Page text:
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Wash hands, save lives!

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GLOBAL Handwashing Day (GHD), marked on Monday, all over the world, is a campaign to motivate and mobilize people around the world to improve their handwashing habits. Washing hands at critical points during the day and washing with soap are both important.

Global Handwashing Day occurs on 15 October every year. The campaign is dedicated to raising awareness of handwashing with soap as a key factor in disease prevention.

Global hand washing day aims at fostering and supporting a general culture of handwashing with soap in all societies, as well as shine a spotlight on the state of handwashing in each country and to raise awareness about the benefits of handwashing with soap.

Formerly called “Public Private Partnership for Handwashing” (PPPHW)), Global Handwashing Day was initiated by the Global Handwashing Partnership (GHP) in August 2008 at the annual World Water Week in Stockholm, Sweden.

This means that the first Global Handwashing Day took place on 15 October 2008. The date was appointed by the UN General Assembly. The year 2008 was also the International Year of Sanitation .The founding bodies in 2008 included: FHI360 (a nonprofit human development organization based in the US)] US Centers for Disease Control and Prevention, Procter & Gamble, UNICEF, Unilever, World Bank Water & Sanitation Program and the United States Agency for International Development.

The campaign was initiated to reduce childhood mortality rates and related respiratory and diarrheal diseases by introducing simple behavioral changes, such as handwashing with soap. This simple action can reduce the mortality rate of respiratory disease by 25%. Death from diarrheal diseases can be reduced by 50%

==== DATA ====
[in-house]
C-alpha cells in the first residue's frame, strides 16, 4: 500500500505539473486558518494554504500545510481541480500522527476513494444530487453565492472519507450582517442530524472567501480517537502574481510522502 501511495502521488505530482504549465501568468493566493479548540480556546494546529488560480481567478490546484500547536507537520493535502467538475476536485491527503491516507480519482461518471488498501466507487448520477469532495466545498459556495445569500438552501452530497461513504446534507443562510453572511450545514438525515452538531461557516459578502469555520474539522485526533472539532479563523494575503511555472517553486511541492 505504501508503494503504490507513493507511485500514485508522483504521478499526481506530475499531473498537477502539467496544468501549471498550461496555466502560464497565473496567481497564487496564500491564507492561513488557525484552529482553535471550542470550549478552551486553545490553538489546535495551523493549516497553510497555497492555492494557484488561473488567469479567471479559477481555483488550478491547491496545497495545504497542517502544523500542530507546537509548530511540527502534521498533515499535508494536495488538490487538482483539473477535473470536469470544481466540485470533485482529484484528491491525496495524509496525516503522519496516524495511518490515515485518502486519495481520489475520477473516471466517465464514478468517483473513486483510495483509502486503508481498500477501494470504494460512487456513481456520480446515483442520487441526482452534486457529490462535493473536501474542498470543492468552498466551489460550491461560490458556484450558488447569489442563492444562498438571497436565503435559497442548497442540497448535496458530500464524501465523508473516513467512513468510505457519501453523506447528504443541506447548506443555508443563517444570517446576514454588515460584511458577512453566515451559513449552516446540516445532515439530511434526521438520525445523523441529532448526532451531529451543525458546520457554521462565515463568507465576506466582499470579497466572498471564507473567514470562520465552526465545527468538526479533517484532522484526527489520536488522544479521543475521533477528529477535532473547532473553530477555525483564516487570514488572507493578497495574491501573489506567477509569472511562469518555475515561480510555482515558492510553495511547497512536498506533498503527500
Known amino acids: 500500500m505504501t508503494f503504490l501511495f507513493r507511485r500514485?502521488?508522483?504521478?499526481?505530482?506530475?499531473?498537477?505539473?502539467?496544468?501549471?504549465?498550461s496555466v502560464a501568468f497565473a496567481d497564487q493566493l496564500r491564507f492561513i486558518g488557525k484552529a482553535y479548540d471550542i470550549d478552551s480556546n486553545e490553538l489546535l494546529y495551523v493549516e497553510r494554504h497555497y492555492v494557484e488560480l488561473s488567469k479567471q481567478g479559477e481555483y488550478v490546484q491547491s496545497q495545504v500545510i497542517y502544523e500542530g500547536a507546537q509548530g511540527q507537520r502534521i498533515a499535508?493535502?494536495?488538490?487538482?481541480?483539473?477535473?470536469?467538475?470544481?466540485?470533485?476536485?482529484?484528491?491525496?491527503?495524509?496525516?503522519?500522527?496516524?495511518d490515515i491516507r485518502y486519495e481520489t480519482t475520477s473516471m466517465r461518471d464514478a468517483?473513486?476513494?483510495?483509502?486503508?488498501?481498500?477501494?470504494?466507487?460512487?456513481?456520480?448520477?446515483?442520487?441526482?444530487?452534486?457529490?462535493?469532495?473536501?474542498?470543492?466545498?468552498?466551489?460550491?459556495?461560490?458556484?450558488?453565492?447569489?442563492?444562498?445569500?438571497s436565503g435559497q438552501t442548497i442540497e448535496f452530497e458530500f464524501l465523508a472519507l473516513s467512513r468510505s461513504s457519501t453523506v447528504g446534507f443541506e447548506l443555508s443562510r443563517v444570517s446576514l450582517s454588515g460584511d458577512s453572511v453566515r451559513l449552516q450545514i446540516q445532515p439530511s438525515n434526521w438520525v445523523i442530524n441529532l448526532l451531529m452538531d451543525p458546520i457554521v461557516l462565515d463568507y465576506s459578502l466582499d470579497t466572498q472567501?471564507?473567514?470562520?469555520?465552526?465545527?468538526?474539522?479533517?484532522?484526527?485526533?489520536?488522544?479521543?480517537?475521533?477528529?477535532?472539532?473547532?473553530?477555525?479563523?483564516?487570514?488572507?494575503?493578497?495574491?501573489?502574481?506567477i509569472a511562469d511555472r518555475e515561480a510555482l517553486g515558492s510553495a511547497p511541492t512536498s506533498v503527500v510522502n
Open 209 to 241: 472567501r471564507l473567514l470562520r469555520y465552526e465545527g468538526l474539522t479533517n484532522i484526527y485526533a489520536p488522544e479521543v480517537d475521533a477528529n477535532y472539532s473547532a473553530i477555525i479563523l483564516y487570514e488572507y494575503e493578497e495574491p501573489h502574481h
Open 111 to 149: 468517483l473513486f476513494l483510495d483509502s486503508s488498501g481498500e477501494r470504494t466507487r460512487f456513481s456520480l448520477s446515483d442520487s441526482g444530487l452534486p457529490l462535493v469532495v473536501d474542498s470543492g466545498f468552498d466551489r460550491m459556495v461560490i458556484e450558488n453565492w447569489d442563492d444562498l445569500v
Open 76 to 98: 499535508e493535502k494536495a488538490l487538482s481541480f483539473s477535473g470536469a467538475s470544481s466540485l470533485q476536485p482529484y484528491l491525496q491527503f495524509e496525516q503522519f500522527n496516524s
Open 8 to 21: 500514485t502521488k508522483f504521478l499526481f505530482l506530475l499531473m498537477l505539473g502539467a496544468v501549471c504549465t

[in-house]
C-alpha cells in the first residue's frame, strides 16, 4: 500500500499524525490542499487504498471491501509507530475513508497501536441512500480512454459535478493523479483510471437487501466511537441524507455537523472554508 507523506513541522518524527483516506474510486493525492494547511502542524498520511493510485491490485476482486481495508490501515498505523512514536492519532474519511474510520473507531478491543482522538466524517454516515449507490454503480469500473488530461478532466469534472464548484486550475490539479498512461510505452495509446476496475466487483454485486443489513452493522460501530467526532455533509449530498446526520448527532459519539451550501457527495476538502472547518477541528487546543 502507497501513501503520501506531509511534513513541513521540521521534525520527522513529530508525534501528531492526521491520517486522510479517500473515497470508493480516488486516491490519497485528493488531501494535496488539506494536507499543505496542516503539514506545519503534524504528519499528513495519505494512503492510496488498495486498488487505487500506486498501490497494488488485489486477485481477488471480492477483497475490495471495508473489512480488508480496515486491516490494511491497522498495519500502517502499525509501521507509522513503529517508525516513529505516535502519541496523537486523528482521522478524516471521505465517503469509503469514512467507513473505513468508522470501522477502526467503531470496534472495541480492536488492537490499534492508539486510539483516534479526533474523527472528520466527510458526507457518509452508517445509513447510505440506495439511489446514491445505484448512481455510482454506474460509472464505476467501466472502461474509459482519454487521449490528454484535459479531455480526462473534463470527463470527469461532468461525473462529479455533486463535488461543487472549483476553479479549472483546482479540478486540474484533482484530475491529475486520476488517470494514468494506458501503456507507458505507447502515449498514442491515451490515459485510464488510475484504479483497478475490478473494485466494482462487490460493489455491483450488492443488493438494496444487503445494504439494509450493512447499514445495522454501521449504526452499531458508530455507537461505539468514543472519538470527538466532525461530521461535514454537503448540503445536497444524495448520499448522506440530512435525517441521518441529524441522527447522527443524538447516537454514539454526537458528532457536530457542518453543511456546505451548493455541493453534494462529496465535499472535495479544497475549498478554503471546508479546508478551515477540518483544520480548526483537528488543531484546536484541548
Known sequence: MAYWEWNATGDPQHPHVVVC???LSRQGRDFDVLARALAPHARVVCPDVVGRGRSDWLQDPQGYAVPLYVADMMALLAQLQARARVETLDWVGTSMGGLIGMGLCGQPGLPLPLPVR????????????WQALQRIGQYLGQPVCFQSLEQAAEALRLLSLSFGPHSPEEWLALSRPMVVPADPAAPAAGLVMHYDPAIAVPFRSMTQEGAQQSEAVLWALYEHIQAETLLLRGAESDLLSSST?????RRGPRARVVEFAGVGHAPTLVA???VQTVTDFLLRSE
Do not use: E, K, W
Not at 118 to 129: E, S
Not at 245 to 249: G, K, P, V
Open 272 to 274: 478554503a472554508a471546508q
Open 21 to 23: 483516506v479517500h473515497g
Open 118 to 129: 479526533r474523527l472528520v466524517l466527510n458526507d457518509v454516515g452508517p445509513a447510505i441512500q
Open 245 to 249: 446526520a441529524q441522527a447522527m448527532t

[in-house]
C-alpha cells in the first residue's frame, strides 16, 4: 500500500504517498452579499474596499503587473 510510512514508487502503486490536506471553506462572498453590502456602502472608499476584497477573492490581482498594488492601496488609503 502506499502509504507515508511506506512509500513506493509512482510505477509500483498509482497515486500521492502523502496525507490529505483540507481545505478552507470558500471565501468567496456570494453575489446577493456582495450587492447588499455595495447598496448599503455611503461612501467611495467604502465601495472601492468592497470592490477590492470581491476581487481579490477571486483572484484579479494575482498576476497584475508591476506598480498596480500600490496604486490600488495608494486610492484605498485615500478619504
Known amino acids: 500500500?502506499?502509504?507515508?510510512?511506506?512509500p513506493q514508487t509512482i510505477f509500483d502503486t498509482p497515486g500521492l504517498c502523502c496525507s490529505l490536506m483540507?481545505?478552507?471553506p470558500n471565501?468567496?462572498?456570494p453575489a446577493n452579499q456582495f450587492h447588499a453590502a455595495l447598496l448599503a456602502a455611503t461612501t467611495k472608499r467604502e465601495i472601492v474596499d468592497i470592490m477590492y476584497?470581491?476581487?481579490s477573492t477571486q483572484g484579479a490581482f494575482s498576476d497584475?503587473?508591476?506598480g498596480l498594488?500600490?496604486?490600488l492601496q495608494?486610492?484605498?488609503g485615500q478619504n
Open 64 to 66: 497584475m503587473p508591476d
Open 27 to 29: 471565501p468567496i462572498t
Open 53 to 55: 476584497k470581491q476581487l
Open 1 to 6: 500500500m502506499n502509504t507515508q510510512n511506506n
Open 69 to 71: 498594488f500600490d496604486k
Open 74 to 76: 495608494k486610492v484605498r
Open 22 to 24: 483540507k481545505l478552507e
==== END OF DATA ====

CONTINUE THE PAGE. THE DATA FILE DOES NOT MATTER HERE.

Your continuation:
However, Nigeria participated heavily in the campaign during the ebola epidemic In 2014. Global Handwashing Day was used as an opportunity to fight Ebola In Nigeria. For example, Concern Universal and Carex sponsored events featuring singer Sunny Nejii
The 2018 Global Handwashing Day theme is “Clean hands – a recipe for health.”

It focuses on the links between handwashing and food – including food hygiene and nutrition. Handwashing at critical times, especially before cooking, eating, or feeding others is one of the most important ways to keep food clean and safe, prevent diseases, and help children grow strong. Connecting handwashing to an existing habit like a meal is a great way to form proper handwashing habits. This year’s theme reminds us to make handwashing a part of every meal.

Handwashing with soap is very effective and the least expensive way to prevent diarrhea and acute respiratory infections. Pneumonia, a major ARI (acute respiratory infection), is the number one cause of mortality among children under five years old, killing an estimated 1.8 million children per year. Diarrhea and pneumonia together account for almost 3.5 million child deaths annually] Handwashing with soap is estimated to reduce cases of diarrhea by 30% and respiratory infections by 21% in children under the age of five.

It is important to make handwashing into a habit. Good handwashing with soap before eating and after using the toilet into a regular habit can save more lives than any single vaccine or medical intervention, cutting deaths from diarrhea by almost half and deaths from acute respiratory infections by one-quarter.

Handwashing is usually done together with other sanitation interventions as part of water, sanitation and hygiene (WASH) programmes.
The Global Handwashing Day helps raise awareness of the importance of washing with soap, but it also makes it fun for children to get involved.
Proper hygiene requires that individuals know the importance of good hygiene and develop the habits to carry it out.

There are people with plenty of money but nonetheless, they lack the important habits of timely handwashing with soap, and thereby unknowingly endanger themselves and others around them.

Peer influence is significant to seeing increased handwashing among students. In a study conducted in Kenya, researchers found that students were much more likely to wash their hands when another student is present. Peer influence is only successful, however, when students know that handwashing is a desirable action.

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